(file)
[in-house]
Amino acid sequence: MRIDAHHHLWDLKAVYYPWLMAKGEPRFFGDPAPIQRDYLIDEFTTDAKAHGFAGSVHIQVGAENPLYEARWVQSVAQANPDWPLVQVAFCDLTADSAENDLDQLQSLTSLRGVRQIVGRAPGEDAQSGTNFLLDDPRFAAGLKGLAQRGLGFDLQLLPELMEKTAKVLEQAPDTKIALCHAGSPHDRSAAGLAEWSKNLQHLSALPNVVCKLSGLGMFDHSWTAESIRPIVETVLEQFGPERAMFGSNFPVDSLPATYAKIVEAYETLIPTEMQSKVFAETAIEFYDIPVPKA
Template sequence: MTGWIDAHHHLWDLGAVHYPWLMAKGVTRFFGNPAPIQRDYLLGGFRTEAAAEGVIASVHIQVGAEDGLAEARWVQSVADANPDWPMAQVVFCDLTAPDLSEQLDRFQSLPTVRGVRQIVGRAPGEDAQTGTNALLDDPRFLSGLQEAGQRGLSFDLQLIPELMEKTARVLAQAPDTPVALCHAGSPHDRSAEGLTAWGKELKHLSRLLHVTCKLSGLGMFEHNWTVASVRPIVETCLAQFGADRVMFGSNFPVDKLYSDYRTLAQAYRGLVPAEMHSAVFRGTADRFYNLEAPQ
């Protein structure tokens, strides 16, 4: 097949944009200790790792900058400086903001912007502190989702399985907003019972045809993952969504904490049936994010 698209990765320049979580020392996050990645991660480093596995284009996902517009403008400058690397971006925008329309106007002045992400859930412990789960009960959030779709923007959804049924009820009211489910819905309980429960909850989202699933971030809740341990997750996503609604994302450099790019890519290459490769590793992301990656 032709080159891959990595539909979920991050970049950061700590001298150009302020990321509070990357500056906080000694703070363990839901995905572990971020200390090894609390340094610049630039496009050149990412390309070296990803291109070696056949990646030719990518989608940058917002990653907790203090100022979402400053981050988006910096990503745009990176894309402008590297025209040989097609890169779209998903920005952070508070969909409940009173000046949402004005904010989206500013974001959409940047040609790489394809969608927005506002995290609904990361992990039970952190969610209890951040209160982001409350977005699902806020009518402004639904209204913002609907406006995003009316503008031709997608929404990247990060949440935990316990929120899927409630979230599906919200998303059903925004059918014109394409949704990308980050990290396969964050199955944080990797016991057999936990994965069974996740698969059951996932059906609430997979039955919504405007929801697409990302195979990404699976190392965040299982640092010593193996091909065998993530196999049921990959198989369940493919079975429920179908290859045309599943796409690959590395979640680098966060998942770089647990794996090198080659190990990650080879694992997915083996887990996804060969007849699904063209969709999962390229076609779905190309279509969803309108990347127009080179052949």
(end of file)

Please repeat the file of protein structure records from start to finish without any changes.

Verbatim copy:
[in-house]
Amino acid sequence: MRIDAHHHLWDLKAVYYPWLMAKGEPRFFGDPAPIQRDYLIDEFTTDAKAHGFAGSVHIQVGAENPLYEARWVQSVAQANPDWPLVQVAFCDLTADSAENDLDQLQSLTSLRGVRQIVGRAPGEDAQSGTNFLLDDPRFAAGLKGLAQRGLGFDLQLLPELMEKTAKVLEQAPDTKIALCHAGSPHDRSAAGLAEWSKNLQHLSALPNVVCKLSGLGMFDHSWTAESIRPIVETVLEQFGPERAMFGSNFPVDSLPATYAKIVEAYETLIPTEMQSKVFAETAIEFYDIPVPKA
Template sequence: MTGWIDAHHHLWDLGAVHYPWLMAKGVTRFFGNPAPIQRDYLLGGFRTEAAAEGVIASVHIQVGAEDGLAEARWVQSVADANPDWPMAQVVFCDLTAPDLSEQLDRFQSLPTVRGVRQIVGRAPGEDAQTGTNALLDDPRFLSGLQEAGQRGLSFDLQLIPELMEKTARVLAQAPDTPVALCHAGSPHDRSAEGLTAWGKELKHLSRLLHVTCKLSGLGMFEHNWTVASVRPIVETCLAQFGADRVMFGSNFPVDKLYSDYRTLAQAYRGLVPAEMHSAVFRGTADRFYNLEAPQ
């Protein structure tokens, strides 16, 4: 097949944009200790790792900058400086903001912007502190989702399985907003019972045809993952969504904490049936994010 698209990765320049979580020392996050990645991660480093596995284009996902517009403008400058690397971006925008329309106007002045992400859930412990789960009960959030779709923007959804049924009820009211489910819905309980429960909850989202699933971030809740341990997750996503609604994302450099790019890519290459490769590793992301990656 032709080159891959990595539909979920991050970049950061700590001298150009302020990321509070990357500056906080000694703070363990839901995905572990971020200390090894609390340094610049630039496009050149990412390309070296990803291109070696056949990646030719990518989608940058917002990653907790203090100022979402400053981050988006910096990503745009990176894309402008590297025209040989097609890169779209998903920005952070508070969909409940009173000046949402004005904010989206500013974001959409940047040609790489394809969608927005506002995290609904990361992990039970952190969610209890951040209160982001409350977005699902806020009518402004639904209204913002609907406006995003009316503008031709997608929404990247990060949440935990316990929120899927409630979230599906919200998303059903925004059918014109394409949704990308980050990290396969964050199955944080990797016991057999936990994965069974996740698969059951996932059906609430997979039955919504405007929801697409990302195979990404699976190392965040299982640092010593193996091909065998993530196999049921990959198989369940493919079975429920179908290859045309599943796409690959590395979640680098966060998942770089647990794996090198080659190990990650080879694992997915083996887990996804060969007849699904063209969709999962390229076609779905190309279509969803309108990347127009080179052949």